Updated: Mar 19
Check the temperature and limit your time outdoors if it's very cold, wet or windy
Bundle up in several layers of loose clothing
Wear mittens rather than gloves
Cover your ears with a warm hat
Wear socks that will keep your feet warm and dry
Even skin that is protected can be subject to frostbite. It's the most common injury resulting from exposure to severe cold, and it usually occurs on fingers, toes, nose, ears, cheeks and chin. If caught early, it is possible to prevent permanent damage. If not, frostbite can lead to amputation. Superficial frostbite affects the skin surface, while the underlying tissue remains soft. The skin appears white, waxy or grayish-yellow and is cold and numb. If the condition is allowed to progress to deep frostbite, all layers of the skin are affected and the outcome likely will be more serious. The skin will become completely numb, blisters may form and eventually the skin tissue dies and turns black.
If you suspect frostbite:
Get indoors immediately
Seek medical attention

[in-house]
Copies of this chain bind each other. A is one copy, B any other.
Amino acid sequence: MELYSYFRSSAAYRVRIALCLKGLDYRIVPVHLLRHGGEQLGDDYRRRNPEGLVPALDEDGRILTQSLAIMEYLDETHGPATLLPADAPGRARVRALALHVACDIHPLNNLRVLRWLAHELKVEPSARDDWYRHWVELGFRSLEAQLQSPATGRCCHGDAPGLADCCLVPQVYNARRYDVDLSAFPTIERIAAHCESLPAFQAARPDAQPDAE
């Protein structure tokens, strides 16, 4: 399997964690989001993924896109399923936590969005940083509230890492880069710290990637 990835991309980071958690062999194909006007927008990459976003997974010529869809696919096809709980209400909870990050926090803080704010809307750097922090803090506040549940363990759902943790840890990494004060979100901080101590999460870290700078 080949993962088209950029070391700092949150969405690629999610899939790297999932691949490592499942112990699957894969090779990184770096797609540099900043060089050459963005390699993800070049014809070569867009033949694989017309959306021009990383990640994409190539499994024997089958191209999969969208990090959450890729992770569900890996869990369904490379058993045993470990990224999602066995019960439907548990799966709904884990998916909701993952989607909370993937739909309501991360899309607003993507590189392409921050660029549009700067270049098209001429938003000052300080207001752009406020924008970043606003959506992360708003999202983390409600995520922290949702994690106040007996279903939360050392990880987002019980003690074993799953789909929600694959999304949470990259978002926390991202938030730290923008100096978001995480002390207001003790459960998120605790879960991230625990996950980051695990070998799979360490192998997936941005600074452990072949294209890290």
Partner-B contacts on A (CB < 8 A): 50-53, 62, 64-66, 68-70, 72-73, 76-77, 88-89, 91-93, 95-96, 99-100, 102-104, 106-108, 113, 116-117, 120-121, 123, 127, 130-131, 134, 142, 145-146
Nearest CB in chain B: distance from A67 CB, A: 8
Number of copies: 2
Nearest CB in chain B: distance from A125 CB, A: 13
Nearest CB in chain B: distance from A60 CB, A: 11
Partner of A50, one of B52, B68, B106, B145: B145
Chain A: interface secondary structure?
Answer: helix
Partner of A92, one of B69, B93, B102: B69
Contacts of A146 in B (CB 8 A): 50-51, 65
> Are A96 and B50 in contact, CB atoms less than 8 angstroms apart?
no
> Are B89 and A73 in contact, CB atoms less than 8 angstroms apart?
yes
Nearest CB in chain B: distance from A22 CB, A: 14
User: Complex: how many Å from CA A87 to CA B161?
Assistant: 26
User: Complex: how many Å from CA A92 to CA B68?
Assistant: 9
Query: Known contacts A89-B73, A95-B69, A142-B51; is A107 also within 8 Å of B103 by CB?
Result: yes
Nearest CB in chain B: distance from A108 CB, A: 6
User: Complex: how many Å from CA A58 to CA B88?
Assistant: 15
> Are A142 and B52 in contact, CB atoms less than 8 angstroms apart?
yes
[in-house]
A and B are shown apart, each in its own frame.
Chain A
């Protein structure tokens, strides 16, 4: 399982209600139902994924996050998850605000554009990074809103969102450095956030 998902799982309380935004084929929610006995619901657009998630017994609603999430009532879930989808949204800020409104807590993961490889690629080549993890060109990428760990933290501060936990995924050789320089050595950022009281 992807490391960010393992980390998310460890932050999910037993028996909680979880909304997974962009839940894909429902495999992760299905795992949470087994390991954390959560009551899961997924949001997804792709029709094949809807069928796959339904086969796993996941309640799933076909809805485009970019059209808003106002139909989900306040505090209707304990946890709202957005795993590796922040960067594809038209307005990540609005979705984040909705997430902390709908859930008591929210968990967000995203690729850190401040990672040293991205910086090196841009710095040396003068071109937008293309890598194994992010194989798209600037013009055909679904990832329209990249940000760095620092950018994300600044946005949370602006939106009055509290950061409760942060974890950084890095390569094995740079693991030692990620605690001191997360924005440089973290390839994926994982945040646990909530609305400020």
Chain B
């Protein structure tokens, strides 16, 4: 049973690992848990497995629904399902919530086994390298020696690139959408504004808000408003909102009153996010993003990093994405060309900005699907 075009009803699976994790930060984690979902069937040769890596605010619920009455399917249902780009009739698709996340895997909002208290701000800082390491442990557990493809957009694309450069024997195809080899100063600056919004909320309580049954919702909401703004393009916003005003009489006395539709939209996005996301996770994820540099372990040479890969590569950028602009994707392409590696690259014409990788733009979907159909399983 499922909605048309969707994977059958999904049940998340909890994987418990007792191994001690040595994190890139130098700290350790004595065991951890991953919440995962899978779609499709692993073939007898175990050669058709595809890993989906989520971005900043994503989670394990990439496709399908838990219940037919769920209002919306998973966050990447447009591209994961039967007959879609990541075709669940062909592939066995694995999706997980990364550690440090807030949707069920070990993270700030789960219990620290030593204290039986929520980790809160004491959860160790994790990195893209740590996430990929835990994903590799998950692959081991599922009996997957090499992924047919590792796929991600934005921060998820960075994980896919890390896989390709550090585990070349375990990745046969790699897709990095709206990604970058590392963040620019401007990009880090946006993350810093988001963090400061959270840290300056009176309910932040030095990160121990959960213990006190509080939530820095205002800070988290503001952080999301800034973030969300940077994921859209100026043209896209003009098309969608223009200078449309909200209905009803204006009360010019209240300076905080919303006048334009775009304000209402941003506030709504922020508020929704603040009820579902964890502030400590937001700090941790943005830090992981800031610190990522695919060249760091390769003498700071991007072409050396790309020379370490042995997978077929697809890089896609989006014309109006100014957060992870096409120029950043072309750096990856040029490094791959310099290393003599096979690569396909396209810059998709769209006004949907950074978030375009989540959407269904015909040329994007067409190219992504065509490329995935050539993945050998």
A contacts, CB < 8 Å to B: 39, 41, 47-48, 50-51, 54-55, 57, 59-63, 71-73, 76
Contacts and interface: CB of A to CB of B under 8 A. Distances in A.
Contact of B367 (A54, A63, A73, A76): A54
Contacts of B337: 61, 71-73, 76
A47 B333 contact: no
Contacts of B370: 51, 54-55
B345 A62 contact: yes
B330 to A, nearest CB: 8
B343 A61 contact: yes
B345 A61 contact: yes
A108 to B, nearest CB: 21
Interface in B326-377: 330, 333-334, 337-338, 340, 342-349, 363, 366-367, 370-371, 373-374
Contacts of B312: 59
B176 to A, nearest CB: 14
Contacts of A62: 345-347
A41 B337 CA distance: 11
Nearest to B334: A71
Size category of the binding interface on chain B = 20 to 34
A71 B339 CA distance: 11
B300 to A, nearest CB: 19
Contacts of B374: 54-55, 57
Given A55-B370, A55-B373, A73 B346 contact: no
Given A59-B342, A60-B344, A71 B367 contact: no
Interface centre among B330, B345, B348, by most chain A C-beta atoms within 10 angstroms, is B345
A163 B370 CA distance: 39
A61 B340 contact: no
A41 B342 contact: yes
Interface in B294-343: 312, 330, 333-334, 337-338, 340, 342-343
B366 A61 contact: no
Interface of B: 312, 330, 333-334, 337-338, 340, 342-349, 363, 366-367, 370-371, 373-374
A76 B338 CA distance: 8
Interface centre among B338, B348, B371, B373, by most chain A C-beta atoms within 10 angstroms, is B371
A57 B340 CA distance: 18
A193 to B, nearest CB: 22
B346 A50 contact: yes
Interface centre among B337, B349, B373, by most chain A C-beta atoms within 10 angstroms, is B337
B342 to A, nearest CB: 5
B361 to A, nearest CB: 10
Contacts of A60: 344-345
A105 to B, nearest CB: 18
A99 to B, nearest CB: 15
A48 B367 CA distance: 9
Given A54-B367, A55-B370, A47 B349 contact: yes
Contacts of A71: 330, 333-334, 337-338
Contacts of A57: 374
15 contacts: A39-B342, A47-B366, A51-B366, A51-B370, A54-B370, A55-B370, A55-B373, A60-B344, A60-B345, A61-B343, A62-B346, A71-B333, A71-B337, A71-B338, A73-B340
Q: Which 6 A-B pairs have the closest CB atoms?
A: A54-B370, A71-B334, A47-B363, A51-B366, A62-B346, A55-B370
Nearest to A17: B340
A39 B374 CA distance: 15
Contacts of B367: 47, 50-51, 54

Remove constrictive clothing and jewelry that could impair circulation
Place dry, sterile gauze between toes and fingers to absorb moisture and keep them from sticking together
Elevate the affected area to reduce pain and swelling
For superficial frostbite, you may also place the affected area in water that is 100 to 105 degrees until the tissue softens
Hypothermia occurs when the body's temperature drops below 95 degrees. Severe shivering, one of the first signs of hypothermia, is beneficial in keeping the body warm. But as hypothermia progresses, shivering gives way to drowsiness or exhaustion, confusion, shallow breathing, irregular heartbeat, slurred speech, loss of coordination and, eventually, unconsciousness and even death.
In one of the most bizarre symptoms of hypothermia, paradoxical undressing," a person actually undresses instead of bundling up. Researchers believe that in the final throes of hypothermia, a person may feel like he or she is overheating due to a rush of warm blood to the extremities.
So what should you do if you encounter someone suffering from hypothermia?
Move the victim inside and remove any wet clothing
Call for medical attention
Add blankets, pillows, towels or newspapers beneath and around the victim
Cover the victim's head
Handle the victim gently to avoid cardiac arrest
Keep the victim in a horizontal position
If necessary, give CPR
*None of these steps are a substitute for proper medical care.
Be sure to seek medical attention for frostbite and hypothermia as soon as possible.